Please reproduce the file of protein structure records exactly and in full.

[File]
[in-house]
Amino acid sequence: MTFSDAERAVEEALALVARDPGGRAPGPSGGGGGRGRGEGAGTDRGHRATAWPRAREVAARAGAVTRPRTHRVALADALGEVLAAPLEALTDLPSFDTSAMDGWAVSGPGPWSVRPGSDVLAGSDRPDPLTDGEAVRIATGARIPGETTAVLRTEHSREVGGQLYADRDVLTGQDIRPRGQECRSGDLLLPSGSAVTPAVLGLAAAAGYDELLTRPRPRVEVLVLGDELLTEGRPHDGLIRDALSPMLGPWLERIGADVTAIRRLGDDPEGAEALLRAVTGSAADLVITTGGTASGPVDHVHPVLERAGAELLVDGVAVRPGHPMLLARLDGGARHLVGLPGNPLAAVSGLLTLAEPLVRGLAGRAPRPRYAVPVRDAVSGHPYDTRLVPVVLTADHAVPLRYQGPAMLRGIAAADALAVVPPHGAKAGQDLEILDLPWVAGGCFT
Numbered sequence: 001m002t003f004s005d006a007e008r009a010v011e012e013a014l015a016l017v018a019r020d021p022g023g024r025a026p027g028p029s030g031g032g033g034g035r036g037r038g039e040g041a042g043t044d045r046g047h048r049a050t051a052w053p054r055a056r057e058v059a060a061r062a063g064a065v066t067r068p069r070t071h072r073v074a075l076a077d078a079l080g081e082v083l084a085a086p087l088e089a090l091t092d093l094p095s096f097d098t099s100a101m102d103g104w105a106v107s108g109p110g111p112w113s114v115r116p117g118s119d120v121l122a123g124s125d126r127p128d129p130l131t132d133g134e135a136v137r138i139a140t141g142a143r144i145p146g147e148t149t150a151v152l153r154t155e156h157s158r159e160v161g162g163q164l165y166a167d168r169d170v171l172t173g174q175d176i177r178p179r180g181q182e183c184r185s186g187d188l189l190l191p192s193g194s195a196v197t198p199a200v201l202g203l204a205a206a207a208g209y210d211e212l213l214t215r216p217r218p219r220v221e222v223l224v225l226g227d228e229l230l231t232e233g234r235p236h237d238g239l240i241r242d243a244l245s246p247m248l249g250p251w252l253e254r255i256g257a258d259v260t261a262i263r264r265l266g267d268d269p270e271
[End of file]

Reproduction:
[in-house]
Amino acid sequence: MTFSDAERAVEEALALVARDPGGRAPGPSGGGGGRGRGEGAGTDRGHRATAWPRAREVAARAGAVTRPRTHRVALADALGEVLAAPLEALTDLPSFDTSAMDGWAVSGPGPWSVRPGSDVLAGSDRPDPLTDGEAVRIATGARIPGETTAVLRTEHSREVGGQLYADRDVLTGQDIRPRGQECRSGDLLLPSGSAVTPAVLGLAAAAGYDELLTRPRPRVEVLVLGDELLTEGRPHDGLIRDALSPMLGPWLERIGADVTAIRRLGDDPEGAEALLRAVTGSAADLVITTGGTASGPVDHVHPVLERAGAELLVDGVAVRPGHPMLLARLDGGARHLVGLPGNPLAAVSGLLTLAEPLVRGLAGRAPRPRYAVPVRDAVSGHPYDTRLVPVVLTADHAVPLRYQGPAMLRGIAAADALAVVPPHGAKAGQDLEILDLPWVAGGCFT
Numbered sequence: 001m002t003f004s005d006a007e008r009a010v011e012e013a014l015a016l017v018a019r020d021p022g023g024r025a026p027g028p029s030g031g032g033g034g035r036g037r038g039e040g041a042g043t044d045r046g047h048r049a050t051a052w053p054r055a056r057e058v059a060a061r062a063g064a065v066t067r068p069r070t071h072r073v074a075l076a077d078a079l080g081e082v083l084a085a086p087l088e089a090l091t092d093l094p095s096f097d098t099s100a101m102d103g104w105a106v107s108g109p110g111p112w113s114v115r116p117g118s119d120v121l122a123g124s125d126r127p128d129p130l131t132d133g134e135a136v137r138i139a140t141g142a143r144i145p146g147e148t149t150a151v152l153r154t155e156h157s158r159e160v161g162g163q164l165y166a167d168r169d170v171l172t173g174q175d176i177r178p179r180g181q182e183c184r185s186g187d188l189l190l191p192s193g194s195a196v197t198p199a200v201l202g203l204a205a206a207a208g209y210d211e212l213l214t215r216p217r218p219r220v221e222v223l224v225l226g227d228e229l230l231t232e233g234r235p236h237d238g239l240i241r242d243a244l245s246p247m248l249g250p251w252l253e254r255i256g257a258d259v260t261a262i263r264r265l266g267d268d269p270e271